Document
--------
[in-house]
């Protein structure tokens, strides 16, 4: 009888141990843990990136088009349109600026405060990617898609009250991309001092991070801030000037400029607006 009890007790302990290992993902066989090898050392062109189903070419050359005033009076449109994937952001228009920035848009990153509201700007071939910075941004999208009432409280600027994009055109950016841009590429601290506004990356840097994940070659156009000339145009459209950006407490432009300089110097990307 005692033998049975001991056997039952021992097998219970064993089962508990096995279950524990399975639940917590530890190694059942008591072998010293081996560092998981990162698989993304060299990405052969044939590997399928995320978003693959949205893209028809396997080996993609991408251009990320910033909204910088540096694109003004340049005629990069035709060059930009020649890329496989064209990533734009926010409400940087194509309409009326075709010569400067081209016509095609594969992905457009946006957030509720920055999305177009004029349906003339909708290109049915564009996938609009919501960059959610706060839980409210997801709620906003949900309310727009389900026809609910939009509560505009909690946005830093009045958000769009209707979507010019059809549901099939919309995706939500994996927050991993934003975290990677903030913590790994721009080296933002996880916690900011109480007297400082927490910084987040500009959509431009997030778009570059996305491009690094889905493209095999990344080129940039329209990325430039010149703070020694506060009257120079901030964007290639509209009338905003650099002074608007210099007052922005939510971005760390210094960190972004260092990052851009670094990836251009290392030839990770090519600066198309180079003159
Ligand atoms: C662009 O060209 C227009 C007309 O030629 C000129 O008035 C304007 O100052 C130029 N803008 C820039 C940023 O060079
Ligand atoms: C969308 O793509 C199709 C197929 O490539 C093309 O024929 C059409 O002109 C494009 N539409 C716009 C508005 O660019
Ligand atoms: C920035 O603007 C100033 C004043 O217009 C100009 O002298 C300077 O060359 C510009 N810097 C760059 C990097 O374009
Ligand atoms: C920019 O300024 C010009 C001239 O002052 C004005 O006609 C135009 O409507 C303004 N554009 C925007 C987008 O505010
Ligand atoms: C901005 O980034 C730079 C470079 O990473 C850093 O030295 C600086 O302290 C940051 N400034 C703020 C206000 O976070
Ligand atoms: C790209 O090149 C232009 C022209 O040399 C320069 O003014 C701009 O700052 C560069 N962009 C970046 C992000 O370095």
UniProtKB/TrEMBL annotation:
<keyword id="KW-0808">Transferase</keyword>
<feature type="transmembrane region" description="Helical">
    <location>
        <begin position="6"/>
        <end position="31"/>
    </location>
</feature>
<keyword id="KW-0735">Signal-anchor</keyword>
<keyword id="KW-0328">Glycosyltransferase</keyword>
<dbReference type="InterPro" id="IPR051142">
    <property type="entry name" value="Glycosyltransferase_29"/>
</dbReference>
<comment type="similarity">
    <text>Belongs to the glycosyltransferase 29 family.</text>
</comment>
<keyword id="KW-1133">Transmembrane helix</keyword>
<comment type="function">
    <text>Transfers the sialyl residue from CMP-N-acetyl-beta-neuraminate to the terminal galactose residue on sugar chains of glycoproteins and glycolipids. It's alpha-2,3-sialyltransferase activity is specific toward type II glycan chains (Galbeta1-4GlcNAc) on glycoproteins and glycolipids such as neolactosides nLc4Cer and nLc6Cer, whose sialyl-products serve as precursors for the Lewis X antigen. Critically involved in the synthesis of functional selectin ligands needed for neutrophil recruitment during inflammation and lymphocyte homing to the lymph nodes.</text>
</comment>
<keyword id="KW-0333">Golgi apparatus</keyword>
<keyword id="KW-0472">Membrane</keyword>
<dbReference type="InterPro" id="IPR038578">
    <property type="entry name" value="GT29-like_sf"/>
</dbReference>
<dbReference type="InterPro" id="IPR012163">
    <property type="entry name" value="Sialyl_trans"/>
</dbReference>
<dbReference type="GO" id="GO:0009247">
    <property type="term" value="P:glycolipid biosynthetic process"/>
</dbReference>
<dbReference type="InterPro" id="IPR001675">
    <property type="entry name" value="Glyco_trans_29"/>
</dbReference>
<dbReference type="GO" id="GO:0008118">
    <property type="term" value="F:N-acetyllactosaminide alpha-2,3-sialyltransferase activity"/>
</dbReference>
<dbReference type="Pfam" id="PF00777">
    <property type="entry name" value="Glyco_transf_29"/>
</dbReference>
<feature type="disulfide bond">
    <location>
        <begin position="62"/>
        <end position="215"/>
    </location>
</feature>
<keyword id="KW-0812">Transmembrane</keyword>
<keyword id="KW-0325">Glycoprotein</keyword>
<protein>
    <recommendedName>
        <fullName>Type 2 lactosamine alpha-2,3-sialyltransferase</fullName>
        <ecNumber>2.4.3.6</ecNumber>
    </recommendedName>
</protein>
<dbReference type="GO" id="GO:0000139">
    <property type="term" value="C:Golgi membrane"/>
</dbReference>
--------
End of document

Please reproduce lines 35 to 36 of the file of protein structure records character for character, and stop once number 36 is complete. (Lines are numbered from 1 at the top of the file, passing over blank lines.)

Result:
    <property type="entry name" value="Sialyl_trans"/>
</dbReference>